I bought the brand-new poetry collection We Want Our Bodies Back by jessica Care moore for the cover. I loved the three women, all different shapes, and hoped for a strong feminist collection with a focus on women taking control of their bodies by wrestling them from the patriarchy. That’s a lot to dump on a cover, I know.
The entire collection is feminist with an emphasis on black and brown lives in America. The titular poem describes the physical, emotional, and spiritual abuses perpetrated upon the black community:
We want our bodies back We want them returned to their mothers without blood without brains exposed without humiliation without bruises without glass without fire
In several places Care moore calls out specific names, such Eric Garner and Mike Brown remembered in a poem entitled “I Can’t Breathe,” and Sandra Bland, making the collection resonate now in American society. While some poetry collections last forever for their ability to speak to something in humans, Care moore’s poems are more like snap shots of a moment, the poetic call and response to the murder of Emmett Till in 1955 and those like him.
History isn’t just for remember those who died of violence, but the voices that uplift the next generation. Ossie Davis, Ruby Dee, Maya Angelou, and especially Ntozake Shange are muses for several of Care moore’s poems. As a fan of Davis’s and Dee’s movies, the poem “Dear Ossie, Dear Ruby” delighted the romantic in me, as Care moore captures their marriage of almost sixty years:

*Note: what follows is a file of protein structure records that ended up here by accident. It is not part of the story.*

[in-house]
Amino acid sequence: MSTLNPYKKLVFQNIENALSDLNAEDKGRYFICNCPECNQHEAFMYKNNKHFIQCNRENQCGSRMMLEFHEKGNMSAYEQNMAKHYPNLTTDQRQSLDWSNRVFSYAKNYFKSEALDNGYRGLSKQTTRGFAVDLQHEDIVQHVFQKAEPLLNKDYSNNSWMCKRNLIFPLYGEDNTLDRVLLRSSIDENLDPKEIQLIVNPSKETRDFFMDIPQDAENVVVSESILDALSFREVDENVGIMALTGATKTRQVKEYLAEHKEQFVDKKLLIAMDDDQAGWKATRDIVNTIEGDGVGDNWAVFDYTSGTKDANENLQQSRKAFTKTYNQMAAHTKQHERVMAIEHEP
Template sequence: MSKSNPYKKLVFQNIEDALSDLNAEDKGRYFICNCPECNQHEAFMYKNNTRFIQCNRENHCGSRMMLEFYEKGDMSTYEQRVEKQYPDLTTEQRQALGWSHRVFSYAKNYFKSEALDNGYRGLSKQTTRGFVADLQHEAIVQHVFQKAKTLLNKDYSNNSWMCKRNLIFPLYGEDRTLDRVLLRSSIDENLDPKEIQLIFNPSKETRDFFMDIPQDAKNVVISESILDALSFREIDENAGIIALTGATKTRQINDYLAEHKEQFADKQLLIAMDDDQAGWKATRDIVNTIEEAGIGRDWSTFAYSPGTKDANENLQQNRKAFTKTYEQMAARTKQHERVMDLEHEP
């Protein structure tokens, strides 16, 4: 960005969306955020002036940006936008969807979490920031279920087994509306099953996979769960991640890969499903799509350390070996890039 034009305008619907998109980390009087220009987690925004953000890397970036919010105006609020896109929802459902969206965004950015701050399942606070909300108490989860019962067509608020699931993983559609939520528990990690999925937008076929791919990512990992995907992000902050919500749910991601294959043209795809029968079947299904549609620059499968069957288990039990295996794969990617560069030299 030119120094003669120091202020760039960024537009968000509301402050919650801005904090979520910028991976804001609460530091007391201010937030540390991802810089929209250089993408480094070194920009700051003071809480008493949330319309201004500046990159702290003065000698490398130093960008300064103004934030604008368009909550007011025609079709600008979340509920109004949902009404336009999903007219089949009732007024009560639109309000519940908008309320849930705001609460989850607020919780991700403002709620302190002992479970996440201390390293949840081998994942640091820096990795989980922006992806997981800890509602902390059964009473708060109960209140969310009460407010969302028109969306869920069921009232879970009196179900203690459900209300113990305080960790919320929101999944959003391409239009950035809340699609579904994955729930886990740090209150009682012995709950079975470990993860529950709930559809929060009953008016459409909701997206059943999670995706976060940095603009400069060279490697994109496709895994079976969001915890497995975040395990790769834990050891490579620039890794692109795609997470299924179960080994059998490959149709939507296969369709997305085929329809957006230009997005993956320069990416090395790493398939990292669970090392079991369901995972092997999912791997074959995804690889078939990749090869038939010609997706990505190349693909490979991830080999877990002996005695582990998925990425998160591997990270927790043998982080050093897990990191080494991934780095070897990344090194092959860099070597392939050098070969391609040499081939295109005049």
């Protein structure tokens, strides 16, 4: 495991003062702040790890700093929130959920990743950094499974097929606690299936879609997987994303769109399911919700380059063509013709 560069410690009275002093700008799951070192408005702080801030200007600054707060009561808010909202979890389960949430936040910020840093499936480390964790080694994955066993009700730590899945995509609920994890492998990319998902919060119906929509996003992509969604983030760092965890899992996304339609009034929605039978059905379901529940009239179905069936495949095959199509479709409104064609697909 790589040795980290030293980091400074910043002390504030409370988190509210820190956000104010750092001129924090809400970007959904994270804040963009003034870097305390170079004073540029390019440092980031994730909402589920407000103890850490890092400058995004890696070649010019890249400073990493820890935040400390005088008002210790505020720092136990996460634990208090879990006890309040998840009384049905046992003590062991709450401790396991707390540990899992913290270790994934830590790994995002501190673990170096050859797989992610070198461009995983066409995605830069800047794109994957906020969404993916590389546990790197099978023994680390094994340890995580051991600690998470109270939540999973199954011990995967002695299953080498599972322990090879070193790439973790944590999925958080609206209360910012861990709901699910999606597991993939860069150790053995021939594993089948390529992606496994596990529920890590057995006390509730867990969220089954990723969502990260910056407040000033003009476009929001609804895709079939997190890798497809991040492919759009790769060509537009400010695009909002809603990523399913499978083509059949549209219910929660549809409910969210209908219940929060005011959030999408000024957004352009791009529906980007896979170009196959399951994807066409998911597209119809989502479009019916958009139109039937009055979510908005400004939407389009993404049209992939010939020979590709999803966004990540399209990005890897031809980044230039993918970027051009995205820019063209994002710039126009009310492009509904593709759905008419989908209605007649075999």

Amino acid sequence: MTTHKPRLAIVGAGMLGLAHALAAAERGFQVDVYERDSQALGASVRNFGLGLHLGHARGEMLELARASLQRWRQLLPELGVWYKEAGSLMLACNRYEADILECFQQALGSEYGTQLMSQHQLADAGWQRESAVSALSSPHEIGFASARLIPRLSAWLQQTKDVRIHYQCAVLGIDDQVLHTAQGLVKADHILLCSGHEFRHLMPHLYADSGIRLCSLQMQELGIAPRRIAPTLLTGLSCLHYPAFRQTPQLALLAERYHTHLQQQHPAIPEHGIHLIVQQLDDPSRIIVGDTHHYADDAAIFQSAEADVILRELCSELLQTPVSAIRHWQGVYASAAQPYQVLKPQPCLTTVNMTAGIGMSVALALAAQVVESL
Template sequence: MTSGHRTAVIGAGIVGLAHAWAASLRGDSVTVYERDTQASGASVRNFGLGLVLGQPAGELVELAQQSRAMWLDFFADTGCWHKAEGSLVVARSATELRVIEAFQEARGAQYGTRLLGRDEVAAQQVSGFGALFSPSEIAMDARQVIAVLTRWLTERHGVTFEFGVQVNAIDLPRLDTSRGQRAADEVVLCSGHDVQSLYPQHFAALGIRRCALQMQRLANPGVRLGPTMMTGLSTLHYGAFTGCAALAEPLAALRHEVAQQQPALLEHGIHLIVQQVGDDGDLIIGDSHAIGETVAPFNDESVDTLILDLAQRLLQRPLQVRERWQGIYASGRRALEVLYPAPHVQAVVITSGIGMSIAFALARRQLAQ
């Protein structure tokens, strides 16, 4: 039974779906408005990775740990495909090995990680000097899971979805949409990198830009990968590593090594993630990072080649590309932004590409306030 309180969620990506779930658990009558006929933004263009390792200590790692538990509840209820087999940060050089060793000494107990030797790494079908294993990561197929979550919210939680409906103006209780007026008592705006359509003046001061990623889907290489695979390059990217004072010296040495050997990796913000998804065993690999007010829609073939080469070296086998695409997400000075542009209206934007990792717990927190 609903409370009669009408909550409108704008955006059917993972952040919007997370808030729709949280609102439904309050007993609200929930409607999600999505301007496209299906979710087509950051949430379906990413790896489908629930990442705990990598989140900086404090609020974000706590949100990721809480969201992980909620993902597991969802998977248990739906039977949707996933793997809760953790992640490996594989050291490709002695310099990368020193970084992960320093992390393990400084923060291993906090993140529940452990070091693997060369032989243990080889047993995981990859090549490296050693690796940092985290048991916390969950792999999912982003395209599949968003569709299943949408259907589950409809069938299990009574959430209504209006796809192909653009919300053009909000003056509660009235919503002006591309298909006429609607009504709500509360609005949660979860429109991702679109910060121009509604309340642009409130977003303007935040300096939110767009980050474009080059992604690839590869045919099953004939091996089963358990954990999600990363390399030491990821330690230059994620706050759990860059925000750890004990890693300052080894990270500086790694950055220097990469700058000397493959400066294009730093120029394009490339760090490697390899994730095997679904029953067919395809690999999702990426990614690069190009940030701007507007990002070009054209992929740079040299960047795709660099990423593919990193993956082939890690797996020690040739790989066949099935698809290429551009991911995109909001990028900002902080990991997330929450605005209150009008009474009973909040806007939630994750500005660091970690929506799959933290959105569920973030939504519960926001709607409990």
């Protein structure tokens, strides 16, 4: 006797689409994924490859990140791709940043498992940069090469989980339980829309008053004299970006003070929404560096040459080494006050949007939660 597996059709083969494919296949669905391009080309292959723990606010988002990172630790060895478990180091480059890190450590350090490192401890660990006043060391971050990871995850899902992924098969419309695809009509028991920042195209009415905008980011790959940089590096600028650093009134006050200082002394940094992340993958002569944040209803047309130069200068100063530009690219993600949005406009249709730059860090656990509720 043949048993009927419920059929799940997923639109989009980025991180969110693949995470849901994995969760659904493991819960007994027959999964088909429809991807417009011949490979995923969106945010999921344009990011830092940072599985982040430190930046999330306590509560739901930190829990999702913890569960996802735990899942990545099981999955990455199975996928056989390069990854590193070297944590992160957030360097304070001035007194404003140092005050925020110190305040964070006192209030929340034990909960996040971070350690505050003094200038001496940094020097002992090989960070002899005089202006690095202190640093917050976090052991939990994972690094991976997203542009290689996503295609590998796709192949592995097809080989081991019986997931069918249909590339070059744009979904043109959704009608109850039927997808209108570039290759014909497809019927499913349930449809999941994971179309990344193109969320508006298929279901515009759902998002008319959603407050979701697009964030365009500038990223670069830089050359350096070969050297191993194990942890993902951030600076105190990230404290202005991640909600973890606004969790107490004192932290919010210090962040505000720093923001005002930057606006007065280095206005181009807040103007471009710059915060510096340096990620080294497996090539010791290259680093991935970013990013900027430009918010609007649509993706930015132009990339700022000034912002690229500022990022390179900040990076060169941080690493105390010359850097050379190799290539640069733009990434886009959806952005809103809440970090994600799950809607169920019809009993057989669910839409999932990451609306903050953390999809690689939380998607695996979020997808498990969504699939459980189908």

do you still love to get on your toes to reach his nose kiss his neck Is she still your Juliet, in a Spike Lee Joint Is he still Da Mayor, Mother Sister
The reference to the characters Davis and Dee played in Spike Lee’s movie Do The Right Thing reconnects readers with a powerful time in film making and cultural criticism. People lost their minds when Do The Right Thing first came out, but Ossie Davis and Ruby Dee play two fighting old neighbors who are really in love, like flowers that decided to grow in a busted up parking lot in spite of the environment. In this way, Care moore’s poems can be timeless without being old, stodgy, too grand.
Beyond the meaning behind the words is a rhythm that’s pleasing. The poems aren’t classic rhyme schemes, nor do they appear to follow a formula, but organically grow until you can hear the spoken word consideration in what you’re reading — and for the sheer enjoyment, I would recommend the audiobook over paper. One powerful example of Care moore’s ability to rhyme without coming off as trite is in the poem “Gratitude is a Recipe for Survival” in which she’s in line at the welfare office with her son and runs into a college student who says his class is reading her work. How do we care for artists financially? Care moore writes:
Hoping to not look like i'm doing well Doing well doesn't go with the chairs in this office I'm thankful and embarrassed The same day I was booked for a show in Paris asked to deliver a Keynote at another college My son's health insurance was canceled by the state and the preschool says i owe them 3 thousand dollars Before my son can continue in the new year.
The slant rhymes — office/embarrassed/Paris and college/dollars — create an auditory experience that leaps off the page and almost makes you want to beat a gentle rhythm on the table as you read. I’m not surprised; Care moore is a slam poet, but many speakers struggle to get their spoken art onto the page successfully.
jessica Care moore’s collection We Want Our Bodies Back is excellent, powerful reading in America, and if you’re not American, you’ll find it enlightening.